Topia: Canadian Journal of Cultural Studies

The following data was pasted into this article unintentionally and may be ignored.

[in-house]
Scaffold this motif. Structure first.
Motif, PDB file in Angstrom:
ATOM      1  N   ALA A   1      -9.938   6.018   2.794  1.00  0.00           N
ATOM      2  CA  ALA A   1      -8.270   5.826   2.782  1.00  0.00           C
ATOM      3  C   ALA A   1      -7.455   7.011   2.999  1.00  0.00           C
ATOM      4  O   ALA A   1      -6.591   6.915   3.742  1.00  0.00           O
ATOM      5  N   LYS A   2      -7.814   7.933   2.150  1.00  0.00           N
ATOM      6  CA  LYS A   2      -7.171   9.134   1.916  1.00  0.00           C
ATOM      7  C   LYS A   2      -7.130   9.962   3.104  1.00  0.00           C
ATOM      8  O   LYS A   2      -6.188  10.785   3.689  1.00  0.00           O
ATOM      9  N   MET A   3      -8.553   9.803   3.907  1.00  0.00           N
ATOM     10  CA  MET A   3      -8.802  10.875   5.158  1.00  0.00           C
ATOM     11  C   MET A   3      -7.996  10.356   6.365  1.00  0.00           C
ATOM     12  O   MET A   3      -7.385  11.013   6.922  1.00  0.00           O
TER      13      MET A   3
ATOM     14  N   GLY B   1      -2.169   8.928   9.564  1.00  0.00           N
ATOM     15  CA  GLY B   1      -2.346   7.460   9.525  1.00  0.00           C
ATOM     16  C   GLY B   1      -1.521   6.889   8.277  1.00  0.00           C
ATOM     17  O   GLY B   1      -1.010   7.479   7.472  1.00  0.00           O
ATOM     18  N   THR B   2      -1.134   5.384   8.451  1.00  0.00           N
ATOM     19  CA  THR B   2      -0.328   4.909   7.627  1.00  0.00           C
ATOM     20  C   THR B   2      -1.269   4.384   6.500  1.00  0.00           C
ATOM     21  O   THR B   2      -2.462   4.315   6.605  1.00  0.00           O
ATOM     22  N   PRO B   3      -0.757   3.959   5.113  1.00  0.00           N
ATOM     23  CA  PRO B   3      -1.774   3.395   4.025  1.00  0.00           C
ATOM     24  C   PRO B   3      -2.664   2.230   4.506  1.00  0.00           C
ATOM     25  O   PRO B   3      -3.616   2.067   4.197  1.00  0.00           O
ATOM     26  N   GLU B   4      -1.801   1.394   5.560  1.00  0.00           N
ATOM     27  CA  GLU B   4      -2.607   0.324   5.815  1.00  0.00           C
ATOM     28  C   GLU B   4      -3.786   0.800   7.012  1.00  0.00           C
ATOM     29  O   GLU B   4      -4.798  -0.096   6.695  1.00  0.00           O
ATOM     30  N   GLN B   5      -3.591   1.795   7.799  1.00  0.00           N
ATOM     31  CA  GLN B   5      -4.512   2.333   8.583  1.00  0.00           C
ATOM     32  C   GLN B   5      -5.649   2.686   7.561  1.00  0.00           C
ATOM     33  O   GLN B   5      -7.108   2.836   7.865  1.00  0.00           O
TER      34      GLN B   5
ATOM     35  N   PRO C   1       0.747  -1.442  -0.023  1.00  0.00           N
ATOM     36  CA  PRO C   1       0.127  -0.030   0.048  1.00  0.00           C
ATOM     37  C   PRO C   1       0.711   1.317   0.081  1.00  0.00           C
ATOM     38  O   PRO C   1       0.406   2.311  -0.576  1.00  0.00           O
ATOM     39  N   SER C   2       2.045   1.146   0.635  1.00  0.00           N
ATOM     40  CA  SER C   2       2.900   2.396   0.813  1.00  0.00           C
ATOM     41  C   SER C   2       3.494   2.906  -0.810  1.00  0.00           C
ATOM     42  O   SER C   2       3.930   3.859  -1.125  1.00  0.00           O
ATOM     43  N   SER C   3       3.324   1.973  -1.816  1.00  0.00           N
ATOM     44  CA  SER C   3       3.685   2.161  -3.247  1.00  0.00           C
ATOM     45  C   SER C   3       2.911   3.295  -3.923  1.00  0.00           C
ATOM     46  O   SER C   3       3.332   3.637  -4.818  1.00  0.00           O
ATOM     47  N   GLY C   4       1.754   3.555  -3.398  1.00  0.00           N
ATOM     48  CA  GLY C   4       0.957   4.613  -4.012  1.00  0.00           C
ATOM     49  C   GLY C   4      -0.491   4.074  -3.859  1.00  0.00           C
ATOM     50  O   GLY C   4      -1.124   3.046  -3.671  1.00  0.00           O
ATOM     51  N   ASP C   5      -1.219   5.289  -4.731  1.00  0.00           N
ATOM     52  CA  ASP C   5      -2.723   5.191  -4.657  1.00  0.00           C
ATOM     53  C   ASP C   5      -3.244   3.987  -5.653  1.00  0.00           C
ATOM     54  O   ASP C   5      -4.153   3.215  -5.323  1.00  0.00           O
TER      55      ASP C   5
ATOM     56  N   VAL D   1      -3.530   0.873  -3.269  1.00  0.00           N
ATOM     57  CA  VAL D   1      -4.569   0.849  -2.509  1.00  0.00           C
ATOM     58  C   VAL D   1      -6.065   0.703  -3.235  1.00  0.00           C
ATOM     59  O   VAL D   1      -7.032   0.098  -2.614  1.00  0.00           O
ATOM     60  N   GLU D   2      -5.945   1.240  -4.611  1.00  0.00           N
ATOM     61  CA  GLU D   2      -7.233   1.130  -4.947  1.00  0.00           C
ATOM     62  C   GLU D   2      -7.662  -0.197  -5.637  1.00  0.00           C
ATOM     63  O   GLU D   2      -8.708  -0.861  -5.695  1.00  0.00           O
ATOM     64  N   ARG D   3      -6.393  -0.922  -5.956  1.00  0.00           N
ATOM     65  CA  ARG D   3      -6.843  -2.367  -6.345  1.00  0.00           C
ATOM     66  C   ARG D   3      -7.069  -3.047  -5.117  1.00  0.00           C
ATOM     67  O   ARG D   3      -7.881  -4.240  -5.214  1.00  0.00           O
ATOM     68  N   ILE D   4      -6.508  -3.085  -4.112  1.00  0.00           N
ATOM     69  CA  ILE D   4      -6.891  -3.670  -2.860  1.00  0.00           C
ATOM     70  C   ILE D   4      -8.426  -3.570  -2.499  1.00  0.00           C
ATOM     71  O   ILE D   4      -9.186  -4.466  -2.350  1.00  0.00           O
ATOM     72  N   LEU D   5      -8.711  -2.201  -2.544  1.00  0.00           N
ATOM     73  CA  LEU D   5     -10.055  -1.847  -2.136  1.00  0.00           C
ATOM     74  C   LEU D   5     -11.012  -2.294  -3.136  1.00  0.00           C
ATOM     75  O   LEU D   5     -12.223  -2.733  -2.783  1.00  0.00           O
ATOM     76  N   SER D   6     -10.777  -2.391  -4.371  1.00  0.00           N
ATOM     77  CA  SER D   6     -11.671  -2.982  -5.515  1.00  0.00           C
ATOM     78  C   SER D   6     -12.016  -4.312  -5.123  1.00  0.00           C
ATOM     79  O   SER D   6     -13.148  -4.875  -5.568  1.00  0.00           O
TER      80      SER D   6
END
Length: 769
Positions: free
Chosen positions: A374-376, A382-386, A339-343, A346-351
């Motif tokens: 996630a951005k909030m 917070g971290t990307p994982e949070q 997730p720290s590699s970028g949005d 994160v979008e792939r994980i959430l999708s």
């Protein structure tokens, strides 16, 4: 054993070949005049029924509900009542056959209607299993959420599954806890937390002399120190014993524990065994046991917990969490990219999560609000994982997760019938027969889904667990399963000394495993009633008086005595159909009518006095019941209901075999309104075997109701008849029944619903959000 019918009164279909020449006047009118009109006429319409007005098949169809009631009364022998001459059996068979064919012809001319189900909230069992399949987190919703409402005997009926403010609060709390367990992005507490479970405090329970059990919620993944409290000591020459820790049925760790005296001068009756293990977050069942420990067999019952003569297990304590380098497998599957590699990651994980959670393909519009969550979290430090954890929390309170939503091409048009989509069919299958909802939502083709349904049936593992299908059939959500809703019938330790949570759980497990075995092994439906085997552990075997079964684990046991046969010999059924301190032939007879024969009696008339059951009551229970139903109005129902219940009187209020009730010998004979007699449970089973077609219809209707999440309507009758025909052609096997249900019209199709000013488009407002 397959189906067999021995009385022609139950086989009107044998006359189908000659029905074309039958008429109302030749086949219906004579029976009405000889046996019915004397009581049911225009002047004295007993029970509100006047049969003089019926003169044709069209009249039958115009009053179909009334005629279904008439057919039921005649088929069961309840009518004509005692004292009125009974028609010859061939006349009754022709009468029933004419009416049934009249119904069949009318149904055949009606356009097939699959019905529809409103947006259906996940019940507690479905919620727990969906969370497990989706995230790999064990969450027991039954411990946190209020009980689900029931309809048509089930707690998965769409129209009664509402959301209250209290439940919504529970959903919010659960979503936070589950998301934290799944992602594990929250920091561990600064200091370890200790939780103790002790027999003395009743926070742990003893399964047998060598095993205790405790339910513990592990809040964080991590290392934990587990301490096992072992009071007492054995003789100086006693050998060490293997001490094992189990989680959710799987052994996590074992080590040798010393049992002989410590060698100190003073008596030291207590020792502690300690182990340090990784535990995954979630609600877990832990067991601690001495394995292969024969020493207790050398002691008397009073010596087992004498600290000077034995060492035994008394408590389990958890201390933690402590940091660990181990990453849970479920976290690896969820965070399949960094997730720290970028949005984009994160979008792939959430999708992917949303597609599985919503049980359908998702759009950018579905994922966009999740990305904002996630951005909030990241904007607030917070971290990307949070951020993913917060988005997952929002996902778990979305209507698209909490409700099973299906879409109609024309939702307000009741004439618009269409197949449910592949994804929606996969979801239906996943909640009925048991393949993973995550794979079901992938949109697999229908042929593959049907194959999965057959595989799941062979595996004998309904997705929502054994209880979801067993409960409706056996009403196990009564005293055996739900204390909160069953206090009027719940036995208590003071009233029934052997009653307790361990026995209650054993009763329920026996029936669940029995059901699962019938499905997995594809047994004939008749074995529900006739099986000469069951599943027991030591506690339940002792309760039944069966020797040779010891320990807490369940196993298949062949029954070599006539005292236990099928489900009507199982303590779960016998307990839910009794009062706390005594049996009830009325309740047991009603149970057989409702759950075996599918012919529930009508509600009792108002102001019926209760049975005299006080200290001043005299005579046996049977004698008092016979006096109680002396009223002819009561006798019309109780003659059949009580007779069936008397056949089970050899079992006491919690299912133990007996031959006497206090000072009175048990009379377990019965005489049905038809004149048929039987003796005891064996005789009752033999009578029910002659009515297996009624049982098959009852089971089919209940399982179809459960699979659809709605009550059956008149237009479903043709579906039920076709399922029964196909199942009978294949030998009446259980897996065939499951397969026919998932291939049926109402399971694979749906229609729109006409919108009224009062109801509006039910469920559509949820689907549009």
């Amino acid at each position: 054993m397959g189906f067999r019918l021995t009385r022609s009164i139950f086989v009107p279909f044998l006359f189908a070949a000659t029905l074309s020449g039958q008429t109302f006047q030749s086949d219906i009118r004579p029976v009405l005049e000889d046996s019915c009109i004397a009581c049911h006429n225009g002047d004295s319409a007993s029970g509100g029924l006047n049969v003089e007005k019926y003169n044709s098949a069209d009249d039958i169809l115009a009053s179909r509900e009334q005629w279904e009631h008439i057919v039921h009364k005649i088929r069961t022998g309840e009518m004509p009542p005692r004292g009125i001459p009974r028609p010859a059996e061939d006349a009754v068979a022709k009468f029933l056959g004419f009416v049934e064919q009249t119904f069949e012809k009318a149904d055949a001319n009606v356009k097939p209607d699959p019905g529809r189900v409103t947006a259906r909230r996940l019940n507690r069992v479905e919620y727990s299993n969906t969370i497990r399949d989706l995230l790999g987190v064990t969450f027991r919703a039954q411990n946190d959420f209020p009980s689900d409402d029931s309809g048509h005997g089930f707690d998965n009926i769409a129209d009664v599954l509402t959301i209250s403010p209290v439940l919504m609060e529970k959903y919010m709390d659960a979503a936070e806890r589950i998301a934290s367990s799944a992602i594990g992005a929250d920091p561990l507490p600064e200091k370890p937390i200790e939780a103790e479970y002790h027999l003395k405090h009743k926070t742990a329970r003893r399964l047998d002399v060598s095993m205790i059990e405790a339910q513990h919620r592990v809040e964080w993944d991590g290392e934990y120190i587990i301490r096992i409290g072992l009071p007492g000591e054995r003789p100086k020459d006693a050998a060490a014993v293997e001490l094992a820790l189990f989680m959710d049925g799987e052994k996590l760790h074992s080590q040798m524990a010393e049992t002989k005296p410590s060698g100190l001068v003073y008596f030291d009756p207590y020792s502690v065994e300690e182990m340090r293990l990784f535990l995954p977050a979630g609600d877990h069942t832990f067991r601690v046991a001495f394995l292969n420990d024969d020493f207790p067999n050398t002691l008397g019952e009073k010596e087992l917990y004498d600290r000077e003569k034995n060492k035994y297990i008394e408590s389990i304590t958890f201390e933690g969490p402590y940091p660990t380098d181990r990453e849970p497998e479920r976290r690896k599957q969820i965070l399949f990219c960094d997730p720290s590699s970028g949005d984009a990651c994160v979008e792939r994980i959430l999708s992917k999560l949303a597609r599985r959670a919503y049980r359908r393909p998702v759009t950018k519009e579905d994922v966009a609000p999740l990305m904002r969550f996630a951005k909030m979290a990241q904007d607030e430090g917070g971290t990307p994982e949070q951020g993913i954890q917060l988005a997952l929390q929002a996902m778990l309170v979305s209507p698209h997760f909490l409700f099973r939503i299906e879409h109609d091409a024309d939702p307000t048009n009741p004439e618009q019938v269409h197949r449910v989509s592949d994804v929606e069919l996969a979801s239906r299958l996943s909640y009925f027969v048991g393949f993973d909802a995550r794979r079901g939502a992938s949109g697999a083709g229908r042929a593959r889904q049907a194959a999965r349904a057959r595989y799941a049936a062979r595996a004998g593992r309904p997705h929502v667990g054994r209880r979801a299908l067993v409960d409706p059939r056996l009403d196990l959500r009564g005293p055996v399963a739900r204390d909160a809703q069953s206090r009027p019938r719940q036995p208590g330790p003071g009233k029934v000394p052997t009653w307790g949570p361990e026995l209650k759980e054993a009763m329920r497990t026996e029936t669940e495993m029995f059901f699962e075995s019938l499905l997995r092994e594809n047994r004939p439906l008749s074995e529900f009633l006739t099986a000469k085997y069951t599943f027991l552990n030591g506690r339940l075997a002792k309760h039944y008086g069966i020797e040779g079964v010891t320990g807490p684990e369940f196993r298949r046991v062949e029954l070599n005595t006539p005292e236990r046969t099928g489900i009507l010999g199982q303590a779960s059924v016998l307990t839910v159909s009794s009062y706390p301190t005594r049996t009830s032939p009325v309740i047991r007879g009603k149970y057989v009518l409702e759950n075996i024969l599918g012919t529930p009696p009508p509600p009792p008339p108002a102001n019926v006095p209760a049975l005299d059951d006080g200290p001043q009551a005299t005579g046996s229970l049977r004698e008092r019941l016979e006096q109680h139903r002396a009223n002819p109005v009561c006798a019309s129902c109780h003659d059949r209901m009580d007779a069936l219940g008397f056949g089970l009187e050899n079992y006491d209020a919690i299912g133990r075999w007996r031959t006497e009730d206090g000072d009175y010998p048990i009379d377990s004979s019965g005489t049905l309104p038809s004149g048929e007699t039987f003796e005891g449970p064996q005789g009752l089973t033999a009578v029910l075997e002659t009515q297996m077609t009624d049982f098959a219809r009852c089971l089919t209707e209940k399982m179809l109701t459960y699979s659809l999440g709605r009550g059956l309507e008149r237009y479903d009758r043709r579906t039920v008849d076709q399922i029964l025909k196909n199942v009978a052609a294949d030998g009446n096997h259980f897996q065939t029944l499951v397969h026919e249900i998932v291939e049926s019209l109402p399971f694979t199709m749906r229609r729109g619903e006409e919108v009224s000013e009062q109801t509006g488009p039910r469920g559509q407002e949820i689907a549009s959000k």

This is the fifth and final column in the Topia series exploring intersections between political economy and cultural studies. The column in Topia 15 (Babe 2006: 91-101) documents the tendency on the part of mainstream American communication/media scholars—from John Dewey in the first decades of the 20th century to postmodernist writers of today—to obscure to the vanishing point concerns and methods of political economy. The earlier column suggests that “readers should scrutinize carefully the writings of contemporary poststructuralist/postmodernist authoritative figures to determine just where they stand on issues of political economy” (98). That is precisely what we do here: we focus on the American poststructuralist Mark Poster and compare his writings to the media analysis of Canadian political economist Harold Innis.